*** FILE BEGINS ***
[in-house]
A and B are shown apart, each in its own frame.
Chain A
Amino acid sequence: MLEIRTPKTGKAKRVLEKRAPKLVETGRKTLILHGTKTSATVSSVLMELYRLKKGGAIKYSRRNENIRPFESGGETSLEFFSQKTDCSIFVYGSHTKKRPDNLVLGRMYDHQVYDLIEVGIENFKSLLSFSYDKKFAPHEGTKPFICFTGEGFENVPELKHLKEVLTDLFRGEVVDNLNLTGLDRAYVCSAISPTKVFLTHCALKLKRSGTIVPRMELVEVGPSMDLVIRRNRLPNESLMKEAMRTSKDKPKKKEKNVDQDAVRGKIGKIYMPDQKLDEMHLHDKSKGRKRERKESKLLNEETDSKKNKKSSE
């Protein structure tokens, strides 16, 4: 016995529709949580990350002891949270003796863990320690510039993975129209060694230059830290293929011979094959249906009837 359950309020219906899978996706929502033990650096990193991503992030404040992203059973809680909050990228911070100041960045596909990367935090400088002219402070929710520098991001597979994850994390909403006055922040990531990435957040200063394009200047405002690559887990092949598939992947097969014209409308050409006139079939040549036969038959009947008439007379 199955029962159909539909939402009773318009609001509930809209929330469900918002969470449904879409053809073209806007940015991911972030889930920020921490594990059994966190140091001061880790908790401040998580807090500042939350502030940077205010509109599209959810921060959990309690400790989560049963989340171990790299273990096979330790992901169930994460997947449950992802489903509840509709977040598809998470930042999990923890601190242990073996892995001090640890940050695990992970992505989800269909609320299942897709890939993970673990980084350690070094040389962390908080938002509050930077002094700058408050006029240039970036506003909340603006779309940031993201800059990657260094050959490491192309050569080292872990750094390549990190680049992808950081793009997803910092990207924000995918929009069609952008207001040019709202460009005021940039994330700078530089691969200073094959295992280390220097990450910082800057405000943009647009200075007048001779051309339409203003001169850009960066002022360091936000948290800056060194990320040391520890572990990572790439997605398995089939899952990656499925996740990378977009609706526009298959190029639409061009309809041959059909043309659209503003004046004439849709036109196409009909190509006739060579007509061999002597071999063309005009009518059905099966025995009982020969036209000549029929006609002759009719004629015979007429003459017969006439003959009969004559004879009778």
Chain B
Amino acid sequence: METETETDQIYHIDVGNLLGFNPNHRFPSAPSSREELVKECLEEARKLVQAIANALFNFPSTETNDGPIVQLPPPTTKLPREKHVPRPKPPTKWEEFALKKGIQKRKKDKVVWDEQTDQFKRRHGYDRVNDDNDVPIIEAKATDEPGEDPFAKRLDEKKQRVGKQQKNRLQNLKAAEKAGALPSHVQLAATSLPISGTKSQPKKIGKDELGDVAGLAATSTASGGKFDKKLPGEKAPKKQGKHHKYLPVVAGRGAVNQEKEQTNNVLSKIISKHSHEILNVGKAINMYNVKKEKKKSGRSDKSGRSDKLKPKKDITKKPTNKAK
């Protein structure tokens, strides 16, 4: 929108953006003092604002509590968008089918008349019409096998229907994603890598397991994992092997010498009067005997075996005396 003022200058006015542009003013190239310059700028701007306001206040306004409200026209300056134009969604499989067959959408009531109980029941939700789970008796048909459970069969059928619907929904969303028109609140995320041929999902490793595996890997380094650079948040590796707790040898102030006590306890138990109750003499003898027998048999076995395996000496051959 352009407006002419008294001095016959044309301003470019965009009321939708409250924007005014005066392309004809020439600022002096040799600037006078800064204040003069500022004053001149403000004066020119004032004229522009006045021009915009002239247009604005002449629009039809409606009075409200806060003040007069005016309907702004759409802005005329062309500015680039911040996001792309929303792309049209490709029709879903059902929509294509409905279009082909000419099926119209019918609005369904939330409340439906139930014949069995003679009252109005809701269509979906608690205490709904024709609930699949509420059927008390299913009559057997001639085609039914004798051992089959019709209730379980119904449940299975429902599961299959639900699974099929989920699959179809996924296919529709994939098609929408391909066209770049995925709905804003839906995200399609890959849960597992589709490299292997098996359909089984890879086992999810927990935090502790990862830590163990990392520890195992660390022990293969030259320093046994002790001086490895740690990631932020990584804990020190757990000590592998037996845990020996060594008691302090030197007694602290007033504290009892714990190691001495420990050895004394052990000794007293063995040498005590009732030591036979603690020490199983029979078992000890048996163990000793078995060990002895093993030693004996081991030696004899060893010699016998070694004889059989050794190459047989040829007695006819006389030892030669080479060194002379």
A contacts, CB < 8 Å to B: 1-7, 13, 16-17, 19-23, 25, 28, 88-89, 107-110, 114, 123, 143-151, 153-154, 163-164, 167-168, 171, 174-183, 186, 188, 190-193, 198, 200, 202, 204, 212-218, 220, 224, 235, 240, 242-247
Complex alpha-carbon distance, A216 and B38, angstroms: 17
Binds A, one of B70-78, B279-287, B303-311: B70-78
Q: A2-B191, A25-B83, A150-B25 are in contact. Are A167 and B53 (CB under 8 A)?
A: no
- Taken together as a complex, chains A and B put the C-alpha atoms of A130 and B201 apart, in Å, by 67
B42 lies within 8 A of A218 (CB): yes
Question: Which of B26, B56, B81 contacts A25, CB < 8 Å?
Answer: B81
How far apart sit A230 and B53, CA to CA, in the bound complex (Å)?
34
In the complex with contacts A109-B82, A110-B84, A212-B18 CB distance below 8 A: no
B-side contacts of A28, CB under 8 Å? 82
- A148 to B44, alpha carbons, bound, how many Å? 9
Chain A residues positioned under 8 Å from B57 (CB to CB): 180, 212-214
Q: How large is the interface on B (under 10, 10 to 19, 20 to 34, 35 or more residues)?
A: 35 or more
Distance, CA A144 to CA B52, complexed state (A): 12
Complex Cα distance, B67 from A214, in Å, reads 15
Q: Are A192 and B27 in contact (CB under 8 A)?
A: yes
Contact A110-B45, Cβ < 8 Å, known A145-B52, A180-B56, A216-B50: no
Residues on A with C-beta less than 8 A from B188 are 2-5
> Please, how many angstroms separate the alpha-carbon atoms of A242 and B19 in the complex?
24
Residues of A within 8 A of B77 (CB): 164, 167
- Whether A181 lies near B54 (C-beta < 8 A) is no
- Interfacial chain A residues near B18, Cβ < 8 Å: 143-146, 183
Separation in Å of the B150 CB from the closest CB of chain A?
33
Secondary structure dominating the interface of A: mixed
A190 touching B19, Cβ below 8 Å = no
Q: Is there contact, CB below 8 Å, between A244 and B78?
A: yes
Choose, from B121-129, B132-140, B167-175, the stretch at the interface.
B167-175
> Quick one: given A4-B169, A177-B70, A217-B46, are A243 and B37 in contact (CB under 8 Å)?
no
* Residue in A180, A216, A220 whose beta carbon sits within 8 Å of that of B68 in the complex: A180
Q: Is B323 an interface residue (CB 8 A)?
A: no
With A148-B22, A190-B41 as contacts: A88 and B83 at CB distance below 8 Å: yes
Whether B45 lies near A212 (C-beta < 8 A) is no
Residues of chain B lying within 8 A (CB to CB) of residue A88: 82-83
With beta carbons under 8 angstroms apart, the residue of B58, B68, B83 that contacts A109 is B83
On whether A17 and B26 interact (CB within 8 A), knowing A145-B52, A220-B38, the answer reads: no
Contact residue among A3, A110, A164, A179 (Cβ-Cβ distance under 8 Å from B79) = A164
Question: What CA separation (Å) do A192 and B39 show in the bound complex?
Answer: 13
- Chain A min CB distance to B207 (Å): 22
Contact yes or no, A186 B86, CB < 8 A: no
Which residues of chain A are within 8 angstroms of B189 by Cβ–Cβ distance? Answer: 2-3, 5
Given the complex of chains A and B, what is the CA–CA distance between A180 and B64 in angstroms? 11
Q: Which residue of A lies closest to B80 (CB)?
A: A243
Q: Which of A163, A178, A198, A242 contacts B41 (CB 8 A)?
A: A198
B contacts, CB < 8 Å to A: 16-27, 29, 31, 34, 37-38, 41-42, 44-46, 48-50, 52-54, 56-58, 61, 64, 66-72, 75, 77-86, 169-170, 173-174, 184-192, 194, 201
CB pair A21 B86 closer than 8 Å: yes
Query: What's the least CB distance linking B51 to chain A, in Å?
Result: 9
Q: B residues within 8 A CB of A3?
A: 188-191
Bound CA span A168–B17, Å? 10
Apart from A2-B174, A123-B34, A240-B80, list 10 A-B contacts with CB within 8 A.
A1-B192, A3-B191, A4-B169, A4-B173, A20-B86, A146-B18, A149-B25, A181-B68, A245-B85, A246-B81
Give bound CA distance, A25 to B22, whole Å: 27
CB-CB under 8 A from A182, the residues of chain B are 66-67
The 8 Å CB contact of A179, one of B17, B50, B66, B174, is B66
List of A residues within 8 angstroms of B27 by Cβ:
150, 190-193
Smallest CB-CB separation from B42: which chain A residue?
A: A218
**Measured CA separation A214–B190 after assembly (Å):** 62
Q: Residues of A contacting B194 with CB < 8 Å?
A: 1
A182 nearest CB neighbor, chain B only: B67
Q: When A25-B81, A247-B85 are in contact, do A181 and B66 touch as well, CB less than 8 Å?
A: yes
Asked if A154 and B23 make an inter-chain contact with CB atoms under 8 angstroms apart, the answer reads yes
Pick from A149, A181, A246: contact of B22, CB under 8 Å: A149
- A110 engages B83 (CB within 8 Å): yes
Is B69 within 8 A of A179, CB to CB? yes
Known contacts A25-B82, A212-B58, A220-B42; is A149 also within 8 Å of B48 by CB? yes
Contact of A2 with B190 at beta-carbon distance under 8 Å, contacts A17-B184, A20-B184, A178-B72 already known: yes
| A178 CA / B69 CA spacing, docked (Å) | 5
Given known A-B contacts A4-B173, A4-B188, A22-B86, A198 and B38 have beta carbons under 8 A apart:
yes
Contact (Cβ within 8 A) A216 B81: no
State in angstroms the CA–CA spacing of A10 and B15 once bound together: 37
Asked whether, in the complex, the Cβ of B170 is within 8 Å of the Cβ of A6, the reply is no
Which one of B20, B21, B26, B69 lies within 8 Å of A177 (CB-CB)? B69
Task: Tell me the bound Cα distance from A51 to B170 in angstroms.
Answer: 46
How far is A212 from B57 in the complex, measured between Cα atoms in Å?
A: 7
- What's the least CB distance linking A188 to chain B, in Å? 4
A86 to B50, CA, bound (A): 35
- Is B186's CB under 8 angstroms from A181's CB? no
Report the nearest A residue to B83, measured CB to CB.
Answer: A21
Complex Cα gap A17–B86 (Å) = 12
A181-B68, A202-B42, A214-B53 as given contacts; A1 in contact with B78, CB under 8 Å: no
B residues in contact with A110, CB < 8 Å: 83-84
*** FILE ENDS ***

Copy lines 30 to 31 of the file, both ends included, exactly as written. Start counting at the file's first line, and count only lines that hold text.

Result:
Contact A110-B45, Cβ < 8 Å, known A145-B52, A180-B56, A216-B50: no
Residues on A with C-beta less than 8 A from B188 are 2-5